IDEAS home Printed from https://ideas.repec.org/a/eee/eecrev/v64y2013icp111-128.html
   My bibliography  Save this article

Procedural fairness and the tolerance for income inequality

Author

Listed:
  • Ku, Hyejin
  • Salmon, Timothy C.

Abstract

This paper presents an experiment investigating what cultural and institutional factors underlying a society might render its members more or less tolerant of inequality in favor of greater efficiency. The specific institutional factors we address concern the fairness in the procedures or mechanisms through which individuals believe initial positions or roles in society are determined. Subjects' initial positions (rich vs. poor) are determined based on various criteria (random, meritocratic, arbitrary, and rewarding uncooperative behavior) and individuals' willingness to approve Pareto improvement when the improvement is mainly in favor of the already rich is measured. Our findings show that individuals' willingness to accept higher but more unequal outcomes depends on the source of the initial inequality and random assignment leads to the most tolerance for disadvantageous inequality, generating doubt about commonly held views concerning meritocracy. Moreover, holding the procedures constant, subjects reveal greater tolerance for inequality when self and the opponent share common group identity.

Suggested Citation

  • Ku, Hyejin & Salmon, Timothy C., 2013. "Procedural fairness and the tolerance for income inequality," European Economic Review, Elsevier, vol. 64(C), pages 111-128.
  • Handle: RePEc:eee:eecrev:v:64:y:2013:i:c:p:111-128
    DOI: 10.1016/j.euroecorev.2013.09.001
    as

    Download full text from publisher

    File URL: http://www.sciencedirect.com/science/article/pii/S0014292113001189
    Download Restriction: Full text for ScienceDirect subscribers only

    As the access to this document is restricted, you may want to search for a different version of it.

    References listed on IDEAS

    as
    1. Hoffman Elizabeth & McCabe Kevin & Shachat Keith & Smith Vernon, 1994. "Preferences, Property Rights, and Anonymity in Bargaining Games," Games and Economic Behavior, Elsevier, vol. 7(3), pages 346-380, November.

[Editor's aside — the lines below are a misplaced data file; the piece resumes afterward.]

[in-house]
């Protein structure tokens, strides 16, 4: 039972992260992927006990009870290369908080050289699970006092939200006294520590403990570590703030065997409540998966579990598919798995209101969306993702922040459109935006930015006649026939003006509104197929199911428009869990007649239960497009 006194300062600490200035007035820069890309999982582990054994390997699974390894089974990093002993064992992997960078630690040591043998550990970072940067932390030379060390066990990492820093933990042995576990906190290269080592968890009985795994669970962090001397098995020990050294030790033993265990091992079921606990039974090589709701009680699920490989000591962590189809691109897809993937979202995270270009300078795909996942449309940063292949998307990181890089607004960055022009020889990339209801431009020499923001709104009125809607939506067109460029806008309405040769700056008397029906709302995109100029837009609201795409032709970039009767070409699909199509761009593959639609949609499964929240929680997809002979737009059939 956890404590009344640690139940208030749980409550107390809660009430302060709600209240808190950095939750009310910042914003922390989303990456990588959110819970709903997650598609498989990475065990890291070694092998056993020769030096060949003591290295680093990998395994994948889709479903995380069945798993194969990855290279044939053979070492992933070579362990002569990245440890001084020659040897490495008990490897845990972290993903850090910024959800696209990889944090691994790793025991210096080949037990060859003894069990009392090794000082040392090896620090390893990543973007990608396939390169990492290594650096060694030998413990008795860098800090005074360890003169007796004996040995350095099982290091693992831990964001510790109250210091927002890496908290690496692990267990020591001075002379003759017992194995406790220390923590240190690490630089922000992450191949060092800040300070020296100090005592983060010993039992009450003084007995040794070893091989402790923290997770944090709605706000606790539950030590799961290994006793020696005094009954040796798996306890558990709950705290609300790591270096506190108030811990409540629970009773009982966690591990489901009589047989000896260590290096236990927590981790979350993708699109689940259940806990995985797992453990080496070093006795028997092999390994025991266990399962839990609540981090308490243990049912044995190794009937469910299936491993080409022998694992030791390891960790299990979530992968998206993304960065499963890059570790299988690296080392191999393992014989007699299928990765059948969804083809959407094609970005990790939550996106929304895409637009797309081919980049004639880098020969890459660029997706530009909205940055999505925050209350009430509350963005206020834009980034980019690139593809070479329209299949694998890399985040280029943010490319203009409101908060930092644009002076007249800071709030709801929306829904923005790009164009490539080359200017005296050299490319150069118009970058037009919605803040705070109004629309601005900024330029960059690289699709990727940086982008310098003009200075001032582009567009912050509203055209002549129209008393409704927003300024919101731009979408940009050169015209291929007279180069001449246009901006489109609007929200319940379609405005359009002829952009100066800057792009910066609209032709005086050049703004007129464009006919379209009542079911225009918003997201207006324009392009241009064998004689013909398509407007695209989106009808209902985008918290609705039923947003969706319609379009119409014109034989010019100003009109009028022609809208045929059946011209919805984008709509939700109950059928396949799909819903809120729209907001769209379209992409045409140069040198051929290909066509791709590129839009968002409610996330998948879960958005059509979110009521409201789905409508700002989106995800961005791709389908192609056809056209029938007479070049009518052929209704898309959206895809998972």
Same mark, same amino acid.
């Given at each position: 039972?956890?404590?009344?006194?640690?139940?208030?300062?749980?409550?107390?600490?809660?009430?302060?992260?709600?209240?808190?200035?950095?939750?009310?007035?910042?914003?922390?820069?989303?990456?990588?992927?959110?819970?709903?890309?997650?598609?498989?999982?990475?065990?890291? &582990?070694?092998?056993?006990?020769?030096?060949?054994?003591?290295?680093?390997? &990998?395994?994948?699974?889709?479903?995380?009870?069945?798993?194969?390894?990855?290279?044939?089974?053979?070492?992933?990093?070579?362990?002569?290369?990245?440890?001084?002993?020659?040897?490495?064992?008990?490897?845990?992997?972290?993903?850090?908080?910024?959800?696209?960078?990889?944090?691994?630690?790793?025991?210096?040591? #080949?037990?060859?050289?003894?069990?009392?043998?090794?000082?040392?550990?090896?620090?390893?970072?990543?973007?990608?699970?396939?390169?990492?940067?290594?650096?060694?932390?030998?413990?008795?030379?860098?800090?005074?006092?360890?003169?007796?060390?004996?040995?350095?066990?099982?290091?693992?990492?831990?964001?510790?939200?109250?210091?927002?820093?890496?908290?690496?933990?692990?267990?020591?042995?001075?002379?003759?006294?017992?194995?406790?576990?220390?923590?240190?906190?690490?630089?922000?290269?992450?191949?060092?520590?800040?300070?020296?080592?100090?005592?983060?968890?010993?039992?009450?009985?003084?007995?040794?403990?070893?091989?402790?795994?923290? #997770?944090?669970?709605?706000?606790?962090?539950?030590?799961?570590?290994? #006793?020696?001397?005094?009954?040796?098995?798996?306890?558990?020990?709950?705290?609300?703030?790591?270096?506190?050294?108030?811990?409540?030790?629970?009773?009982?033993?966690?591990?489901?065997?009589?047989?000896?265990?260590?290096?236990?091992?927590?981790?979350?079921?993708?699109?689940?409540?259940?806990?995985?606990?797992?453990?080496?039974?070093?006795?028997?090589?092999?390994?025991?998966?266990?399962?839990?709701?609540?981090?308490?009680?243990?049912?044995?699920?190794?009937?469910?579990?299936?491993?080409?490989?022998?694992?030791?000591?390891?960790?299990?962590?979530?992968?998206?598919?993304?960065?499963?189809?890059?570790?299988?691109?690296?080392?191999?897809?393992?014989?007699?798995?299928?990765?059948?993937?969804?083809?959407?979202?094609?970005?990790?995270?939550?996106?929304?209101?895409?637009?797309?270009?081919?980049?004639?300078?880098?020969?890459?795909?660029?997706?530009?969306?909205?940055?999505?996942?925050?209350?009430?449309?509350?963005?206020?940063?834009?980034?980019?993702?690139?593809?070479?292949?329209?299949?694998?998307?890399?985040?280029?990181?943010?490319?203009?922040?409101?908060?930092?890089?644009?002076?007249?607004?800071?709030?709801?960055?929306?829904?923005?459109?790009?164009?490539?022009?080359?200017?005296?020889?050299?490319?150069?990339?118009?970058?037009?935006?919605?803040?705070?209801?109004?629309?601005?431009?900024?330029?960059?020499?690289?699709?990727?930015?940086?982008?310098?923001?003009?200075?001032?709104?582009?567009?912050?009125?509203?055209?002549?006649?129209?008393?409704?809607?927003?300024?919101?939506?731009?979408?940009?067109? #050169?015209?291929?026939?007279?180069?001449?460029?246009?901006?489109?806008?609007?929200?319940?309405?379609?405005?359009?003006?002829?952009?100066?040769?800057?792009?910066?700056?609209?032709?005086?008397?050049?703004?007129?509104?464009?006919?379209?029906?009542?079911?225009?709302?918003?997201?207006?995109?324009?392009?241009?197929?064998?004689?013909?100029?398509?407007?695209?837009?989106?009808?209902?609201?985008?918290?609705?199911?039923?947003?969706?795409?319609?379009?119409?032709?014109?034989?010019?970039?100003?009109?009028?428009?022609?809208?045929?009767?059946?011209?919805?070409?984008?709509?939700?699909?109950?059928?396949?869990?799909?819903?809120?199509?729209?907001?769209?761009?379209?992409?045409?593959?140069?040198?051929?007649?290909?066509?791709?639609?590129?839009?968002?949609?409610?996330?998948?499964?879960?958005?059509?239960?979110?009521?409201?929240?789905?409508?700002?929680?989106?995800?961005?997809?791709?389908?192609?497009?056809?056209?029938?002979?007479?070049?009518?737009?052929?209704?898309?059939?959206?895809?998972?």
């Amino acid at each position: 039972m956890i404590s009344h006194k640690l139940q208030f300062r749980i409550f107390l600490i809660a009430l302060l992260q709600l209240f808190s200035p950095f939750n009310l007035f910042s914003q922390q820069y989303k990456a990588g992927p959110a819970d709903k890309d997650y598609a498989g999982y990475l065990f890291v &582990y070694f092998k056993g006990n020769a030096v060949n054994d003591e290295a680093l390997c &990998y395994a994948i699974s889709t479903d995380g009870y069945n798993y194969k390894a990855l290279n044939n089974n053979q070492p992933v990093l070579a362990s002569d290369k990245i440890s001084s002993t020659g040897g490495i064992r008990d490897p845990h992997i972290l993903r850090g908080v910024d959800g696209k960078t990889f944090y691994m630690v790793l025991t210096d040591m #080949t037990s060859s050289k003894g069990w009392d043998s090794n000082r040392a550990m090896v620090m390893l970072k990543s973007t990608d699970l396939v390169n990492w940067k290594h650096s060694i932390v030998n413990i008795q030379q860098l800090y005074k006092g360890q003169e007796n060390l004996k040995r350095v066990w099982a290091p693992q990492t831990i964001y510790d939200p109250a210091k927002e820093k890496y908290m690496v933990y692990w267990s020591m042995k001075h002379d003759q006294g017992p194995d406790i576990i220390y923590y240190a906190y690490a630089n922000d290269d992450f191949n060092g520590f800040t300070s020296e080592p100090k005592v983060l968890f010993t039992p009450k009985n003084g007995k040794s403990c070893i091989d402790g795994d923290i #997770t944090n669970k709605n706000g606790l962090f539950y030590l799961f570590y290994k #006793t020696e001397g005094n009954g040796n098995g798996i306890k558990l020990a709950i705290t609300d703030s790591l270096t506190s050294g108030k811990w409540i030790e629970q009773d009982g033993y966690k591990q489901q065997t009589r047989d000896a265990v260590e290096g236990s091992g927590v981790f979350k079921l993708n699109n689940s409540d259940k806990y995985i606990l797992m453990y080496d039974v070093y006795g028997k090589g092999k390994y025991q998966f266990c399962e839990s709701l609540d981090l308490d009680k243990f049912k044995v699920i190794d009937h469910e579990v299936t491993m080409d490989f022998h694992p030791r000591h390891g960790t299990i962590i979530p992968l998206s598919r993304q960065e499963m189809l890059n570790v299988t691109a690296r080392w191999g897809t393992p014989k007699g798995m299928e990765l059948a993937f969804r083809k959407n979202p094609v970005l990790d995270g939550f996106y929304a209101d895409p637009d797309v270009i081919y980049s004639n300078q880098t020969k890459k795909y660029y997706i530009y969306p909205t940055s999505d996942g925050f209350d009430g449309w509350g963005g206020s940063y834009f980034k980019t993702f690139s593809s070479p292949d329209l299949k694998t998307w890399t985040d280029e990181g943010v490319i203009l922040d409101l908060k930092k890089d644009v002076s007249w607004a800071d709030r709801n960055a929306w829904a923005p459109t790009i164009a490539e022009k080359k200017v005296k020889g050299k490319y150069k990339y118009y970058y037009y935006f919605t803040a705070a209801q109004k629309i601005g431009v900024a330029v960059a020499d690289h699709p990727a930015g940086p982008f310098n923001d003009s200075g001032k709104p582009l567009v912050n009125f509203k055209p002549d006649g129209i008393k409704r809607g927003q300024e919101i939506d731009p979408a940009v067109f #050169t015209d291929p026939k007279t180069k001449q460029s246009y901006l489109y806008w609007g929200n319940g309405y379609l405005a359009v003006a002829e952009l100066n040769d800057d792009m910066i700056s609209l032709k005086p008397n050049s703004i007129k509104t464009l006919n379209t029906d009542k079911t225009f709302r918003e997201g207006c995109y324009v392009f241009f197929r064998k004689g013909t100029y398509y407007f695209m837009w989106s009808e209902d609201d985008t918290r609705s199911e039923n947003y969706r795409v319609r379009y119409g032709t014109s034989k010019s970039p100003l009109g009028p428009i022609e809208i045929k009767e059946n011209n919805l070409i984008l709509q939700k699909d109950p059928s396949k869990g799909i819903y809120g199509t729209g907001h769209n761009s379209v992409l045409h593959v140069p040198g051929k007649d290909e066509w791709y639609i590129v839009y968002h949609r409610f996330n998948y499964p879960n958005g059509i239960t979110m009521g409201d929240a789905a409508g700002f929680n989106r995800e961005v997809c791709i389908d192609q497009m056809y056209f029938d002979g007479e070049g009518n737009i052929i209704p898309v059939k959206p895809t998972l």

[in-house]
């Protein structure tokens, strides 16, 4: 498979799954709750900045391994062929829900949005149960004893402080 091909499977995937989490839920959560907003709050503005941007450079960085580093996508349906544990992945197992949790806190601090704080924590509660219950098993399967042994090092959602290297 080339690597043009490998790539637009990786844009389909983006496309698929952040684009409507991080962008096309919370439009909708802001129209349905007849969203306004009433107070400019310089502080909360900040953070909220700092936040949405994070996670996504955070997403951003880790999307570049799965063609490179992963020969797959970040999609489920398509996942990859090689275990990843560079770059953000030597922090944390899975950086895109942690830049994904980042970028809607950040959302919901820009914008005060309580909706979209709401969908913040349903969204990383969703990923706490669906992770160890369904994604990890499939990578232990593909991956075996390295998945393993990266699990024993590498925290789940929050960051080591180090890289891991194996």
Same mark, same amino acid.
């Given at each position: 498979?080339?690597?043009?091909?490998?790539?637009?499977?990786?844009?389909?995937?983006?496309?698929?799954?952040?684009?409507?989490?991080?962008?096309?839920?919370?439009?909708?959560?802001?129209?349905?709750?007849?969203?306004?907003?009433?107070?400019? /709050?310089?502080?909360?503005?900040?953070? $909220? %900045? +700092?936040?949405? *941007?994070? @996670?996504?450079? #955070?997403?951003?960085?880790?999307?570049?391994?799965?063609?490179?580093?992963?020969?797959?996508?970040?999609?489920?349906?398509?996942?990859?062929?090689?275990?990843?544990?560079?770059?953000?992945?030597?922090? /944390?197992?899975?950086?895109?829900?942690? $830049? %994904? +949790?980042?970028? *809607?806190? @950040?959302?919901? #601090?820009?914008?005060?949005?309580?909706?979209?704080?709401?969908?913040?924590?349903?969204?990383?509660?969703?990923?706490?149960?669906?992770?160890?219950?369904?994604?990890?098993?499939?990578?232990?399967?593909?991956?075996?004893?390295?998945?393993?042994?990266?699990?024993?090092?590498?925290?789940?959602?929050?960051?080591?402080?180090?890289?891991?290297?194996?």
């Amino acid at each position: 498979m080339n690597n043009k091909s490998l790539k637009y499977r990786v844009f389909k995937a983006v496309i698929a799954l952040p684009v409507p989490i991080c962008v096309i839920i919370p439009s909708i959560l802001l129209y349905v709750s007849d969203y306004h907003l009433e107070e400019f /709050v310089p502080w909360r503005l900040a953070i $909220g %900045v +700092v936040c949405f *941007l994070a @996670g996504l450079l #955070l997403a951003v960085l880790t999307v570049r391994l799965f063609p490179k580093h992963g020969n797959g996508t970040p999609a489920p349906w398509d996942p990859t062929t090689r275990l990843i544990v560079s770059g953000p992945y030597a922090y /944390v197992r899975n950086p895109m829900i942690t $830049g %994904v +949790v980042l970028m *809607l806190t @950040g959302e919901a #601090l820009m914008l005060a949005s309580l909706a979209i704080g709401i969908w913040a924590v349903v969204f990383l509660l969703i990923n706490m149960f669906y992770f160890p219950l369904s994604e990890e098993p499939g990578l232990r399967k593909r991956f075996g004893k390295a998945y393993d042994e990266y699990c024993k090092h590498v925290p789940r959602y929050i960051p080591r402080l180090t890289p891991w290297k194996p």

2. Dirk Engelmann & Martin Strobel, 2004. "Inequality Aversion, Efficiency, and Maximin Preferences in Simple Distribution Experiments," American Economic Review, American Economic Association, vol. 94(4), pages 857-869, September.
    3. Gary Charness & Matthew Rabin, 2002. "Understanding Social Preferences with Simple Tests," The Quarterly Journal of Economics, Oxford University Press, vol. 117(3), pages 817-869.
    4. Alesina, Alberto & La Ferrara, Eliana, 2005. "Preferences for redistribution in the land of opportunities," Journal of Public Economics, Elsevier, vol. 89(5-6), pages 897-931, June.
    5. Ernst Fehr & Klaus M. Schmidt, 1999. "A Theory of Fairness, Competition, and Cooperation," The Quarterly Journal of Economics, Oxford University Press, vol. 114(3), pages 817-868.
    6. Roland Bénabou & Jean Tirole, 2006. "Belief in a Just World and Redistributive Politics," The Quarterly Journal of Economics, Oxford University Press, vol. 121(2), pages 699-746.
    7. Ravallion, Martin & Lokshin, Michael, 2000. "Who wants to redistribute?: The tunnel effect in 1990s Russia," Journal of Public Economics, Elsevier, vol. 76(1), pages 87-104, April.
    8. Norman Frohlich & Joe Oppenheimer & Anja Kurki, 2004. "Modeling Other-Regarding Preferences and an Experimental Test," Public Choice, Springer, vol. 119(1_2), pages 91-117, April.
    9. Thomas Piketty, 1995. "Social Mobility and Redistributive Politics," The Quarterly Journal of Economics, Oxford University Press, vol. 110(3), pages 551-584.
    10. Frank, Robert H, 1985. "The Demand for Unobservable and Other Nonpositional Goods," American Economic Review, American Economic Association, vol. 75(1), pages 101-116, March.
    11. Ruben Durante & Louis Putterman & Joël Weele, 2014. "Preferences For Redistribution And Perception Of Fairness: An Experimental Study," Journal of the European Economic Association, European Economic Association, vol. 12(4), pages 1059-1086, August.
    12. Balafoutas, Loukas & Kocher, Martin G. & Putterman, Louis & Sutter, Matthias, 2013. "Equality, equity and incentives: An experiment," European Economic Review, Elsevier, vol. 60(C), pages 32-51.
    13. Alberto Alesina & George-Marios Angeletos, 2005. "Fairness and Redistribution," American Economic Review, American Economic Association, vol. 95(4), pages 960-980, September.
    14. Stiglitz, Joseph E & Uy, Marilou, 1996. "Financial Markets, Public Policy, and the East Asian Miracle," World Bank Research Observer, World Bank Group, vol. 11(2), pages 249-276, August.
    15. Todd L. Cherry & Peter Frykblom & Jason F. Shogren, 2002. "Hardnose the Dictator," American Economic Review, American Economic Association, vol. 92(4), pages 1218-1221, September.
    16. R. Isaac & James Walker & Susan Thomas, 1984. "Divergent evidence on free riding: An experimental examination of possible explanations," Public Choice, Springer, vol. 43(2), pages 113-149, January.
    17. Konow, James, 1996. "A positive theory of economic fairness," Journal of Economic Behavior & Organization, Elsevier, vol. 31(1), pages 13-35, October.